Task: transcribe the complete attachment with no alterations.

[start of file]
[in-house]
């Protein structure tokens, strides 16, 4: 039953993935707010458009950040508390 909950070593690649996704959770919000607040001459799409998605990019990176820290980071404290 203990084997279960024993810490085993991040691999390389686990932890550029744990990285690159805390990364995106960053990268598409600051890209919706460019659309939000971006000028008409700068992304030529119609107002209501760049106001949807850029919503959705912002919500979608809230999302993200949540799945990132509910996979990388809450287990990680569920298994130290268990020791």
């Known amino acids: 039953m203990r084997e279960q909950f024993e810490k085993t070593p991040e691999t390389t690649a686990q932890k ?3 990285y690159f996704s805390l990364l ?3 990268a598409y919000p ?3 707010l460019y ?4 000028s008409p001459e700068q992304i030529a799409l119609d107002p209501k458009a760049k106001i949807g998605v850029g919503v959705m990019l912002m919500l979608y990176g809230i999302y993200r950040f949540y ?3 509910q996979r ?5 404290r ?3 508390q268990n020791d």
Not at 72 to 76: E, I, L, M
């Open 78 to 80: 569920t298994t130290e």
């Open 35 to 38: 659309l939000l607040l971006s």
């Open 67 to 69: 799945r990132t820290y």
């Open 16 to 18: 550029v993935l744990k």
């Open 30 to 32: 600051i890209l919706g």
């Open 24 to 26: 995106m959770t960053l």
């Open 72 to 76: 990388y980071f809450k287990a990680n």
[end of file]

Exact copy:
[in-house]
């Protein structure tokens, strides 16, 4: 039953993935707010458009950040508390 909950070593690649996704959770919000607040001459799409998605990019990176820290980071404290 203990084997279960024993810490085993991040691999390389686990932890550029744990990285690159805390990364995106960053990268598409600051890209919706460019659309939000971006000028008409700068992304030529119609107002209501760049106001949807850029919503959705912002919500979608809230999302993200949540799945990132509910996979990388809450287990990680569920298994130290268990020791």
């Known amino acids: 039953m203990r084997e279960q909950f024993e810490k085993t070593p991040e691999t390389t690649a686990q932890k ?3 990285y690159f996704s805390l990364l ?3 990268a598409y919000p ?3 707010l460019y ?4 000028s008409p001459e700068q992304i030529a799409l119609d107002p209501k458009a760049k106001i949807g998605v850029g919503v959705m990019l912002m919500l979608y990176g809230i999302y993200r950040f949540y ?3 509910q996979r ?5 404290r ?3 508390q268990n020791d």
Not at 72 to 76: E, I, L, M
């Open 78 to 80: 569920t298994t130290e």
């Open 35 to 38: 659309l939000l607040l971006s």
């Open 67 to 69: 799945r990132t820290y």
């Open 16 to 18: 550029v993935l744990k």
């Open 30 to 32: 600051i890209l919706g």
């Open 24 to 26: 995106m959770t960053l």
């Open 72 to 76: 990388y980071f809450k287990a990680n």